In 1981, as part of Mars Corporation, we at ISA (Information Services Australia) had placed an order for an RP06, to connect to our PDP11/70. In those days, delivery to rural Victoria (Australia) took about 8 weeks. After 8 weeks of eager anticipation, finally, the RP06 arrived. Back then, the technology involved in such devices, was in our eyes, out of this world. You can imagine the horror when the forklift driver who was unloading it from the truck accidentally tipped it over, and had it drop 6 feet onto its side. The subsequent additional 8-week delay took forever.

Tony LaPine adds, September 19, 2018:
I developed the DEC RPO6. This was a Memorex product called the 677 and sold to DEC for about $7000 a piece. DEC re labeled the product RPO6.

I left IBM with Al Shugart the founder of Seagate in 1969. Mr. Shugart's first job after IBM was VP engineering at Memorex.

I later started my own disk drive company LTC (LaPine Technology Corporation) in 1984. At LTC I developed the first 3.5 inch disk drive. After selling the company to Kyocera I retired from the disk drive industry and launch one of the early internet companies. The company went public on Nasdaq as XLNK (Datalink).

There is a working 677 at the computer museum in Silicon Valley.

Anthony LaPine MS MBA
Hiplink Software - Chairman

Gary Card adds, 9 August 2019:
I worked for Digital from 1977 until 1993 when I left the job of Canadian Field Operations Manager and Quality Manager for the Americas.

As a Digital (DEC) Field Engineer in Winnipeg, MB Canada I installed several RP06's after attending the Training course in Massachusetts, in 1978, I believe it was.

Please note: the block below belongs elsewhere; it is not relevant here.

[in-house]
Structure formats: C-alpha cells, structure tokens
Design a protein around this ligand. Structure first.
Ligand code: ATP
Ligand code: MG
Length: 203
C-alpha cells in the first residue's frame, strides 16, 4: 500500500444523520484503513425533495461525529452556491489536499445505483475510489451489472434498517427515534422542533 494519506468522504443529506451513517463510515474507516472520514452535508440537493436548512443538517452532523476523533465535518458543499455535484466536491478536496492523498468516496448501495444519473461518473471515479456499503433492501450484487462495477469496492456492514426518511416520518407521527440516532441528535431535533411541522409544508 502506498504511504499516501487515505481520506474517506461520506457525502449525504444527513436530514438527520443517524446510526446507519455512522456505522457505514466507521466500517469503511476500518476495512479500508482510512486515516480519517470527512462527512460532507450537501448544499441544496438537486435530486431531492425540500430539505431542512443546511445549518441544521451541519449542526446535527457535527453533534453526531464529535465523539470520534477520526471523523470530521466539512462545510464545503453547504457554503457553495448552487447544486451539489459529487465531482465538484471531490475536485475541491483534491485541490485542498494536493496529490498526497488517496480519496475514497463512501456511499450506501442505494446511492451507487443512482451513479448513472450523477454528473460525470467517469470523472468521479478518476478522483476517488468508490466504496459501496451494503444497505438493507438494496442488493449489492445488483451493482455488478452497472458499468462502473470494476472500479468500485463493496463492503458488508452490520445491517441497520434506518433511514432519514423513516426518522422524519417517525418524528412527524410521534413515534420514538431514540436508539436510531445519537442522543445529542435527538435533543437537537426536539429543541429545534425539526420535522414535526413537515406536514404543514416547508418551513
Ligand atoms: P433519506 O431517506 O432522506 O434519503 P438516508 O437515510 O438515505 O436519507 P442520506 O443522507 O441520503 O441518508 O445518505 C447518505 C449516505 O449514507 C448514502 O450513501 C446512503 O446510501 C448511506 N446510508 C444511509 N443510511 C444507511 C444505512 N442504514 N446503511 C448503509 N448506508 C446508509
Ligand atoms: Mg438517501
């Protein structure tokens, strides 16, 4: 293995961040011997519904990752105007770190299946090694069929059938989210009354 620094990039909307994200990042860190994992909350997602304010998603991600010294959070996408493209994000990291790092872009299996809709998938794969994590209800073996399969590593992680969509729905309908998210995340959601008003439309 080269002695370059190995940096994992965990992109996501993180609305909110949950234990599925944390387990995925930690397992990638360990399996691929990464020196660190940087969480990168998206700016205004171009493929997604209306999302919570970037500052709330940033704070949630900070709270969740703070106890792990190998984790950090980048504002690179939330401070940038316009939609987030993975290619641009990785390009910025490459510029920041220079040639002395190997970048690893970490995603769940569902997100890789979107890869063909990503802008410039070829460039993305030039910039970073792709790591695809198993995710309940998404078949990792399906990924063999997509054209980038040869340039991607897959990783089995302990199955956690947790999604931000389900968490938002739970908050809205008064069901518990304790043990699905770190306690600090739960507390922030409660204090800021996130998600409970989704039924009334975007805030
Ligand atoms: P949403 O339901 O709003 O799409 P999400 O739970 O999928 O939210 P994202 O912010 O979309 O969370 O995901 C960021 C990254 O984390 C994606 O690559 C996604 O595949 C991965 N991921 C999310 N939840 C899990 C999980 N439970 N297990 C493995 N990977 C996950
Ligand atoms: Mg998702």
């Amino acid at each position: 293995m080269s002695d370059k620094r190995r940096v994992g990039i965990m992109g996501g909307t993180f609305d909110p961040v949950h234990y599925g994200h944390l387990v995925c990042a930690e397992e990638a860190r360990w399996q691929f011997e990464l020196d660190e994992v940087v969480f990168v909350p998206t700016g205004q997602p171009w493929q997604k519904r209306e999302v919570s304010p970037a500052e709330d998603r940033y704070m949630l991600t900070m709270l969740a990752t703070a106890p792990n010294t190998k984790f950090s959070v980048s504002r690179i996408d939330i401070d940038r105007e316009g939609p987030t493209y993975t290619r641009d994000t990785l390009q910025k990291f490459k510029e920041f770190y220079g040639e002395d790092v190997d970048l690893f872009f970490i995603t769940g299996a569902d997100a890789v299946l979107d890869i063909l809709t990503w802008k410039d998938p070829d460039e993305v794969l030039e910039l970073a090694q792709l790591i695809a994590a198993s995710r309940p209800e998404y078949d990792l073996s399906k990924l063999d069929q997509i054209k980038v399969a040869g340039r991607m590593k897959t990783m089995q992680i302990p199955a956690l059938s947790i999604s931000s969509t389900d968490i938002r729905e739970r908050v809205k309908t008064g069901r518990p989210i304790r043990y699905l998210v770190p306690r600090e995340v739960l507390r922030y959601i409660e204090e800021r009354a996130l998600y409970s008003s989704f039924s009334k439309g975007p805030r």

One of the RP06's was at the CBC (Canadian Broadcasting Corporation) in Winnipeg. It did experience a "head crash" and I spent the entire night with another FE replacing all the heads. Fortunately, this procedure was covered during the training.

It's Interesting to calculate (based on Tony LaPine's information, $7,000 cost from Memorex) that the price per MB in 1977 for an RP06/ Memorex 677 (176MB) = $40/ MB

Vs Today 2019-08-08 (at London Drugs here, they are advertising a 8TB External SeaGate Hard Drive for $220. = $27/TB or .027/GB or $.00002575/MB, 42 years later.

Bob Neary adds, 4 June 2021:
I used to work (for Digital Equipment) as a field service engineer and for 10+ years maintained onsite equipment at an AT&T / Bell Labs mfg facility. One of the groups was a production area where they used DEC PDP11's and RP06 disk drives to manufacture network cards for their phone line comm gear.

After several years technology had changed and there was no longer a need for the system. It was shutdown. I went there on a Friday to take it all apart and it was brought to the loading dock .. to be scrapped.

The following week there was a MAJOR network crash in NYC (someone cut the wrong fiber cable.. the LIVE one, not the offline one?) and the FCC, FAA, etc demanded failover capability of comm systems in the AT&T network, which required .. starting up that production line again. The scrap company was waiting for more equipment and hadn't shown up yet! We rolled it all back in place, cabled it together again and booted up the RP06's. In the next week or two they produced enough systems so that all of their field comm systems had multiple backups with automatic failover. THEN those ( 9 year old ?) RP06 drives finally met the scrap heap.

For more humor, see the bottom of the RP04 page.
Columbia University Computing History Frank da Cruz / This page created: May 2001 Last update: 4 June 2021